Language is a reflection of everything that ever existed, exists and will exist – a reflection of everything our minds are can understand.
Watch & Learn
Lingual Media Player is a free software for learning languages with the help of movies and YouTube videos that have subtitles. Its main goal is to help learners of foreign languages improve their listening comprehension skills.
This program is very comfortable to use. E.g., you could use a one-click button to stop and repeat every next passage, or switch the film dubbed in a different language, or use subtitles in two languages - your native and the language you learn. No restriction as to the choice of YouTube clips or movies – the point is to have subtitles in a language you want.
Lingual Media Player is available in two versions: online and fully-functional version for Windows.
Understanding spoken language is extremely important in language learning. It is the key to both successful communication and good grades on language exams. Furthermore, ‘Listening’ is one of the major components of all widely-recognized tests of English language (such as IELTS or TOEFL) that are necessary for entering colleges and universities and obtaining work permits or immigration status in English-speaking countries. Listening comprehension is also important in most official exams for other languages (DSH, DaF, DfZ – for German, DELF/DALF, TEF - French, DELE - Spanish, CILS - Italian, HSK - Chinese, JLPT – Japanese).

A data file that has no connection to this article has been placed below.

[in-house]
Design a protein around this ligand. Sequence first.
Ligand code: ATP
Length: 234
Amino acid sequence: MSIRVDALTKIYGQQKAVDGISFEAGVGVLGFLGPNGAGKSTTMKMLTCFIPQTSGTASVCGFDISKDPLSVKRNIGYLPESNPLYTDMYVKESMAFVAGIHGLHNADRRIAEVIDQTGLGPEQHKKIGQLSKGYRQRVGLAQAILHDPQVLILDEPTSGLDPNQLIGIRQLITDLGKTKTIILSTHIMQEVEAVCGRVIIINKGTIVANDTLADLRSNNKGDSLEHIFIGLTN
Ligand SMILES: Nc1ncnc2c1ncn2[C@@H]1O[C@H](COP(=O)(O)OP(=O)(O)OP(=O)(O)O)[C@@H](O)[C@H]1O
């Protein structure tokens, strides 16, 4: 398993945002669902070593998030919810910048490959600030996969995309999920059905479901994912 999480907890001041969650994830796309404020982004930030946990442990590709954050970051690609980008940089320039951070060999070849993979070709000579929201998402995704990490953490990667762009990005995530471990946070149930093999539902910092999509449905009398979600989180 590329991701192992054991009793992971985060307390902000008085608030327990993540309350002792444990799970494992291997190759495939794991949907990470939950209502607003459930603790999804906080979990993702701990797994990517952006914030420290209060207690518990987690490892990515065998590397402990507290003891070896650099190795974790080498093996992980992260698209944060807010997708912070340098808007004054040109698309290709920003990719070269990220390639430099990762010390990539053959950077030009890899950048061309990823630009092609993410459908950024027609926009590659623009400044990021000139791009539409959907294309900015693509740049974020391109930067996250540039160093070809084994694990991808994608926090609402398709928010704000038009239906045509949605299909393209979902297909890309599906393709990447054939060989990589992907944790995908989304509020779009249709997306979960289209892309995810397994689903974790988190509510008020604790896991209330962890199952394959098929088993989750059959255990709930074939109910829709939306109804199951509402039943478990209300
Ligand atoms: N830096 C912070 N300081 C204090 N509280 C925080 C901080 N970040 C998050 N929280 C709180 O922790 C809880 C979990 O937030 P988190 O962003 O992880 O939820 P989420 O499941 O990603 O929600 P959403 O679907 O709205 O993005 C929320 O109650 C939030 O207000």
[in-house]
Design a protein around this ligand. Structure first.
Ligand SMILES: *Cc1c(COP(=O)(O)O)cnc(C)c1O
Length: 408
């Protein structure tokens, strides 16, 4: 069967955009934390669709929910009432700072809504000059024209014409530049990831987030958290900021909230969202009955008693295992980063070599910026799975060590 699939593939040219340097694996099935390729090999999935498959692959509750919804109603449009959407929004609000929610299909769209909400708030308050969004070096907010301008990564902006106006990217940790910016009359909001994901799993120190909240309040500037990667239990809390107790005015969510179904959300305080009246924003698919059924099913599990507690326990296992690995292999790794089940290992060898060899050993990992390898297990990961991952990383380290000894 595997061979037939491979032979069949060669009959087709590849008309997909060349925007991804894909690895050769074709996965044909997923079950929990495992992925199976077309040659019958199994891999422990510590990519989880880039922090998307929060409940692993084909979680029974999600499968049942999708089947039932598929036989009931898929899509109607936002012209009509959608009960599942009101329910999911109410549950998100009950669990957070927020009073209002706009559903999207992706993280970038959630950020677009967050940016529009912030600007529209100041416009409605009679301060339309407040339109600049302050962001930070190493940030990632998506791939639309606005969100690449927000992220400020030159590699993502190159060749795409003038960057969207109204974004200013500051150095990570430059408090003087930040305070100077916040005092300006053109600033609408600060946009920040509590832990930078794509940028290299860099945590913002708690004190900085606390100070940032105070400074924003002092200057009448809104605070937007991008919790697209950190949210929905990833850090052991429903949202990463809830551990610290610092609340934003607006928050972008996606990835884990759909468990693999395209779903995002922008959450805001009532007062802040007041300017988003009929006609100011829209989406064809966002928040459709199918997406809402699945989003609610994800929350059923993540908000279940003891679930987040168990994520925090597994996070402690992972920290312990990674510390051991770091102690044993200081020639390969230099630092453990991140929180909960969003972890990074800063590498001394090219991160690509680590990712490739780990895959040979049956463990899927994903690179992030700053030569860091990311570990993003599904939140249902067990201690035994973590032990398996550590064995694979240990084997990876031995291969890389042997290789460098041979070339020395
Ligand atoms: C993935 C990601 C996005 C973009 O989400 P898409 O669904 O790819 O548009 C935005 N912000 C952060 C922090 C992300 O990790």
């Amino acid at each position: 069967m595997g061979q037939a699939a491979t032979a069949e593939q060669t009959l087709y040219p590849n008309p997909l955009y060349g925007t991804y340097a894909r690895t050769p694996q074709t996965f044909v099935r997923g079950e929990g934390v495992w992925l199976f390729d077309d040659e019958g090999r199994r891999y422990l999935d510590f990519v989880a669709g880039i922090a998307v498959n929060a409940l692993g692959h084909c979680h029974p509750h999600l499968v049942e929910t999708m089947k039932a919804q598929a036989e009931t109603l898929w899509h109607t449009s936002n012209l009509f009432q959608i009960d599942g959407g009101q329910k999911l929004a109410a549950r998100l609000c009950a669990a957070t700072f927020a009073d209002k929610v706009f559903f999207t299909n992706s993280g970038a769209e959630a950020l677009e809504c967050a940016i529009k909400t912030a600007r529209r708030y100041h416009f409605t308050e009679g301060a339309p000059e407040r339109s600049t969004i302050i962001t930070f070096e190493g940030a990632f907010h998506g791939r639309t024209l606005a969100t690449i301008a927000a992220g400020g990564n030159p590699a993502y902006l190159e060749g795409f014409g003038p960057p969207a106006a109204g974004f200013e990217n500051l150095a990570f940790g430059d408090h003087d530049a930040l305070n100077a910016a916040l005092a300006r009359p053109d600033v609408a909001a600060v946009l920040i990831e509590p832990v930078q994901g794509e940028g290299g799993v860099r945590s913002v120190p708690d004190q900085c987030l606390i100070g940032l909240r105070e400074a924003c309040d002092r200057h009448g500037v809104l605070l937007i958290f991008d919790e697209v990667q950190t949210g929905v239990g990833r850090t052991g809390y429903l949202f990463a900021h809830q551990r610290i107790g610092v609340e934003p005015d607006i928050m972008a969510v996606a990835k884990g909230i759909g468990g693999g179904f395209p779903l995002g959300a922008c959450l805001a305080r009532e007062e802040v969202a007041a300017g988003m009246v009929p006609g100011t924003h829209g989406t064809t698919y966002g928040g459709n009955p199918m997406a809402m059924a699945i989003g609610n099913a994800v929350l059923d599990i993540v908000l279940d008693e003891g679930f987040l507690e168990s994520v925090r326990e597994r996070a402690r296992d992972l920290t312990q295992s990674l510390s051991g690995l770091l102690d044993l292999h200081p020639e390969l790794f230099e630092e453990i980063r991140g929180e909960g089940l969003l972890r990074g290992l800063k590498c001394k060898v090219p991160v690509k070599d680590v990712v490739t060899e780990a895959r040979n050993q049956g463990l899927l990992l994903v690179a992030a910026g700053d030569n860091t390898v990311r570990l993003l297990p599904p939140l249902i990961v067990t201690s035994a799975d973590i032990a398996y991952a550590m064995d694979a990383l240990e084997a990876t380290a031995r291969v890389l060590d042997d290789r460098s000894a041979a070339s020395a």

Lingual Media Player is not a part of a specific language program and can be used as an aid with any language course or software (for example, Rosetta Stone) or as an independent learning tool. With LaMP, you can learn any language from Arabic to Zulu. The only necessary condition is having quality subtitles for the movie or the YouTube video you would like to watch.
The main principle behind successful language learning with Lingual Media Player is watching videos with subtitles in the language of the video. For example, if you are learning English, the subtitles have to be in English as well. Learning Spanish will require Spanish subtitles, if you are learning German they have to be in German, etc. At the same time, it may be advisable to use additional (secondary) subtitles in your language especially if you are just starting to learn that language. For example, if you are learning French and are watching a video in French, use French as the language of the main subtitles and select your language for the secondary subtitles.
The effect of subtitles of language learning has been extensively researched already in the 1990s. Gary d’Ideval, a Belgian psychologist, discovered that we automatically read the subtitles from the screen. Whether we understand what is being said or not, we pay attention to the subtitles and compare them with what we hear and see in the video. In 1996 the SLS (Same language subtitling) method of teaching reading was formed (see Wikipedia). Initially, SLS was used to teach reading to predominantly illiterate poor population in India. Later, researchers started to investigate the relationship between the subtitles and foreign language acquisition. It turned out that both children and adults who watched videos with subtitles in the target language were significantly better than the ones who used subtitles in their first language or didn’t use them at all. It was also proven that we are able to differentiate local accents in foreign languages just by watching videos with the original subtitles!
Lingual Media Player is an instrument which makes it easy to use SLS for learning foreign languages and improving reading skills. The player has a unique interface which allows scrolling through videos phrase by phrase, repeating the last phrase or stopping at the end of each phrase. LaMP also makes it possible to use two sets of subtitles in different languages, quickly switch between audio-tracks, and use other tools such as online dictionaries and translators.